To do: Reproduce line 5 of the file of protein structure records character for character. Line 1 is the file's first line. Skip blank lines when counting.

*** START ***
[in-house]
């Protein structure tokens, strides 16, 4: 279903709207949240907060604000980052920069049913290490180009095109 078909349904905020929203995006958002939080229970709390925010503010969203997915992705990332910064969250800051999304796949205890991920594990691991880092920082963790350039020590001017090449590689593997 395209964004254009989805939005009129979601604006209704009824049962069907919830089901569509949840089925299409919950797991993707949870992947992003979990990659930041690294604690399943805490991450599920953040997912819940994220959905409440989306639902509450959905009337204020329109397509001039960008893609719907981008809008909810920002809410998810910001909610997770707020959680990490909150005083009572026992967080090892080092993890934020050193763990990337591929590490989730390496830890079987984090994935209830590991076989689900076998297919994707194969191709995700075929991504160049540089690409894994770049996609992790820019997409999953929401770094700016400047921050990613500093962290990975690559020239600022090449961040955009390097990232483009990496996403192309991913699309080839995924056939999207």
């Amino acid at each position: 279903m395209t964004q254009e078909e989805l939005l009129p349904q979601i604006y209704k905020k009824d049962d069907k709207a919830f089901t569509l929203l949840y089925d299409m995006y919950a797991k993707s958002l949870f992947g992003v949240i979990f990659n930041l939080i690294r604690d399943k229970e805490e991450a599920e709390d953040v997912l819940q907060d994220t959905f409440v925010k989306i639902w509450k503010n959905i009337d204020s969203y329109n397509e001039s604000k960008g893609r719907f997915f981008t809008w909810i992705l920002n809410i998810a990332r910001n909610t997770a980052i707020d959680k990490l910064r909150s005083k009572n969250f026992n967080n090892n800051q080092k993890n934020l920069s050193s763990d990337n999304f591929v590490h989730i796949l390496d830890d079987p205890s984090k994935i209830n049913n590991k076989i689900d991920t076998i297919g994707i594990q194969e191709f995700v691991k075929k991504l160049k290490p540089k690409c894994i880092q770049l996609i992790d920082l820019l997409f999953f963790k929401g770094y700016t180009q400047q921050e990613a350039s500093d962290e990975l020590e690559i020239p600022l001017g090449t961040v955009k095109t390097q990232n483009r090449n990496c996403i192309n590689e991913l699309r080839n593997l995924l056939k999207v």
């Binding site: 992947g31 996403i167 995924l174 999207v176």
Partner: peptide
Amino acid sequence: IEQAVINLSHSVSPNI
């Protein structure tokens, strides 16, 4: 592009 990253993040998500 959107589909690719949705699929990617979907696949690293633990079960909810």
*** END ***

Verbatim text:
Partner: peptide